From the high school we walk to the Memorial Square, where there are five information boards, one with an archival shot of the town, with synagogue in view,  and below it a gap corresponding to a view of the street where the synagogue is now absent. This town once had 75% Jewish population. We also meet Aleksandr Raducha, a local journalist, and I realise that Dorota has carefully arranged the schedule for my visit Aleksandr turns the questions onto me: what is my project about, do I have family from Poland, had I heard about Dąbrowa Białostocka before …. it is strange to talk about why I am here, but then I am expecting a lot from my hosts: to show me their towns Jewish history, including all the darkness.

From the memorial square we walk to the cemetery, set on a hillside, weather beaten with tumbled trees and discarded branches. There had been two Ohels here but all that remains are the clues of foundations, forming like a fairy ring where a massive oak once stood. On the wall are a list of names: Jews sent to Treblinka. And several more round Matzevah: Jolanta explains that they were used by farmers to sharpen their knives – the round top of the matzevah easily lending itself to forming a circle – the central hole so that the stone could be spun as a sharpening wheel.


We then venture to the edge of town to a place Jolanta is keen to show me, the only remaining Jewish house, that was owned by a Jewish tanner. She shows me where the mezzuzah once hang, now just an indentation, but, she stresses, the only doorframe with mezzuzah left in the town. The interior is a derelict ruin, but carries meaning in the fact that these walls, this door, those windows, were once Jewish.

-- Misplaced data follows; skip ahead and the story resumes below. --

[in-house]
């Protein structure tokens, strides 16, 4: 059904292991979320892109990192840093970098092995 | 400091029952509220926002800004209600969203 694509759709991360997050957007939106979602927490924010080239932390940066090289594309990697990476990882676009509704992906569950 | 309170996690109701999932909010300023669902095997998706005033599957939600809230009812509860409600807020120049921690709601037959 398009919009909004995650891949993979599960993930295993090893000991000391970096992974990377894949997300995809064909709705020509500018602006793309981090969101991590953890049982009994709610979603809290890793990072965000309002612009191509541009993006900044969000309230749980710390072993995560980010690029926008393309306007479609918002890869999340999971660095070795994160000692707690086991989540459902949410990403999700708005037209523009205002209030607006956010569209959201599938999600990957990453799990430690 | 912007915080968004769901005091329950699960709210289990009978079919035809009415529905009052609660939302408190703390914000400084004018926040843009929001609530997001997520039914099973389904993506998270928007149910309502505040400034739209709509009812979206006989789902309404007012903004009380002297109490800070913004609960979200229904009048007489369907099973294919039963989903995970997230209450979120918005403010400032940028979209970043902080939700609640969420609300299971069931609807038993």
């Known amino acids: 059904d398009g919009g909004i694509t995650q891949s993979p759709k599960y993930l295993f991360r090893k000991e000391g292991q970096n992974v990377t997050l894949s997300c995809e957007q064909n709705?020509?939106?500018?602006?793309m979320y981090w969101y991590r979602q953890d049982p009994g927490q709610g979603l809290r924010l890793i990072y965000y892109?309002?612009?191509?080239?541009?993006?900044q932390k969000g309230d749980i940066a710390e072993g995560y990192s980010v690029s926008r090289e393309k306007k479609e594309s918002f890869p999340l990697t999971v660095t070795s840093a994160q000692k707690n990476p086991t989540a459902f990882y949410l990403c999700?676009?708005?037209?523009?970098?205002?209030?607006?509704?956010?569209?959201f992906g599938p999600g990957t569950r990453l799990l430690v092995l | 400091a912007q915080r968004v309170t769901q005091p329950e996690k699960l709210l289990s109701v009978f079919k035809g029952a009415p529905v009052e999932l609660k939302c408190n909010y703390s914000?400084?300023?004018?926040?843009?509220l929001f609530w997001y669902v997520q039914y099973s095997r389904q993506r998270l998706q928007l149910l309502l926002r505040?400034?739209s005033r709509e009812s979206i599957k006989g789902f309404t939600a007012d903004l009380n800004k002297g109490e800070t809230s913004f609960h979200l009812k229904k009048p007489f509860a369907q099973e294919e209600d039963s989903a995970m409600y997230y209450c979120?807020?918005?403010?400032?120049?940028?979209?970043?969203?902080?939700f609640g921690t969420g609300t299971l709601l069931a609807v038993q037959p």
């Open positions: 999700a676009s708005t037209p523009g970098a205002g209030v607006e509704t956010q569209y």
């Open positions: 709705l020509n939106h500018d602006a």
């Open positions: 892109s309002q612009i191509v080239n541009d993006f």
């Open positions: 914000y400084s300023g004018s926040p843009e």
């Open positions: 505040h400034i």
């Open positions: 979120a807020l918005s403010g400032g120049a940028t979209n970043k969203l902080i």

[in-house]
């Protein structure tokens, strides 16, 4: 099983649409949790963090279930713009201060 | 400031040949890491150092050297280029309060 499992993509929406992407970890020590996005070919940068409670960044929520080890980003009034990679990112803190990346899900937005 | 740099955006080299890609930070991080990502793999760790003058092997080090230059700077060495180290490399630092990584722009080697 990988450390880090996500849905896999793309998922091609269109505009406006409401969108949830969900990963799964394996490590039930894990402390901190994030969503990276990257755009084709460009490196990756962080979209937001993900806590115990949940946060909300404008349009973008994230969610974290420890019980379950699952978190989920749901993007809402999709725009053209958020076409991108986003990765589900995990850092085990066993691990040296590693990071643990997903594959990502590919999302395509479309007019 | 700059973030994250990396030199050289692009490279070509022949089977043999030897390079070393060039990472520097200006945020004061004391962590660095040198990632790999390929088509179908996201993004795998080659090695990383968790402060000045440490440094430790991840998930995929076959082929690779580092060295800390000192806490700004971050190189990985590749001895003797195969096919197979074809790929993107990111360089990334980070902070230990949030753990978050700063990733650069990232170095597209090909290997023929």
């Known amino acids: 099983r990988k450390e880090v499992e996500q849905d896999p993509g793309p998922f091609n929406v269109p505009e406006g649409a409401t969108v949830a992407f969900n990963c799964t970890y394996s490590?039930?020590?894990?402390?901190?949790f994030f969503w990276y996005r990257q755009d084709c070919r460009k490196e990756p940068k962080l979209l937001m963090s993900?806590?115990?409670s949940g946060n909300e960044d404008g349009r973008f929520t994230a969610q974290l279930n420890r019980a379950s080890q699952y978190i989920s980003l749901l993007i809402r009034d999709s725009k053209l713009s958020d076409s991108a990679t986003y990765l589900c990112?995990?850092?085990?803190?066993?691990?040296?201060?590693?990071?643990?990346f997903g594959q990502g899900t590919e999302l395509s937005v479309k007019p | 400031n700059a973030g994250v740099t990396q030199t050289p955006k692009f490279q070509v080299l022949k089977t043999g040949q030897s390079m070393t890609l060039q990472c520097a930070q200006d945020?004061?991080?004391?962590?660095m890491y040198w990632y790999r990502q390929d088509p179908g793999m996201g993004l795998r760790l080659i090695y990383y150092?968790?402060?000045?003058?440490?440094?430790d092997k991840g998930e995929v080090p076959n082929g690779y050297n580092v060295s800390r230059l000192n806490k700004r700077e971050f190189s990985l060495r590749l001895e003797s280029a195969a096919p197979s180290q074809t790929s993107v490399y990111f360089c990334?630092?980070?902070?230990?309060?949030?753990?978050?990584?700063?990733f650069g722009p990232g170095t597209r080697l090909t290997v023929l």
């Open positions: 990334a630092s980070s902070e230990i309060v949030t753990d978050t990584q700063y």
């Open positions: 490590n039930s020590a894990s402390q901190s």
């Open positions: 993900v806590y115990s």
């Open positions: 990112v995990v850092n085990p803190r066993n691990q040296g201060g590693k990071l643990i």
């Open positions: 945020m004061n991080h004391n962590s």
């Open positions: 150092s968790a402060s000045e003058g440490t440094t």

Dorota arranges for the three students to accompany me to Suchowola, where there is a Synagogue. Their lesson extends. It turns out to be a catering hall for functions like weddings (but not Barmitzvahs!). On the wall are a series of large archival images of Jewish people from the area. Again, despite the radical renovation, the memory is still held, integrated into the decoration of the wall. We then drive to the cemetery, located by the side of a busy road, easy to miss and obscured by a monument to the Polish soldiers killed in the war – behind this is a more modest monument to the Jewish population. The Cemetery appears bereft of matzevah until we walk across the uneven ground and find a few stubs. Matzevah fragments have been gathered where we entered and set in concrete, like a heraldic shield. It’s something, though, the memory not completely lost, but I  am struck by the larger competing narrative of lost Polish war heroes.

Today I awake to a landscape blanketed by snow. It is surprising in the way only snow can be, reframing the landscape. The drive to Sejny is a winter wonderland, with police checks along the way. We are very near to both the Belarus and Lithuanian border – its Belarus that they are, of course, keeping a watchful eye on. There is still the refugee issue from Belarus, which has been eclipsed by the Ukrainian refugees crisis. When I meet Michal at The Borderland Centre, he tells me he is very busy: they have Ukrainian refugees staying in Sejny and the centre is doing workshops with them – “it’s better than just leaving them sat in their new homes doing nothing.” The workshop is just for teenagers, not for the mums and younger children. Michal informs me that only women, mums & children are allowed to leave Ukraine – any man/youth aged 16 to 60 is not allowed to leave: they are the Ukrainian army. “But they want to stay, to fight!”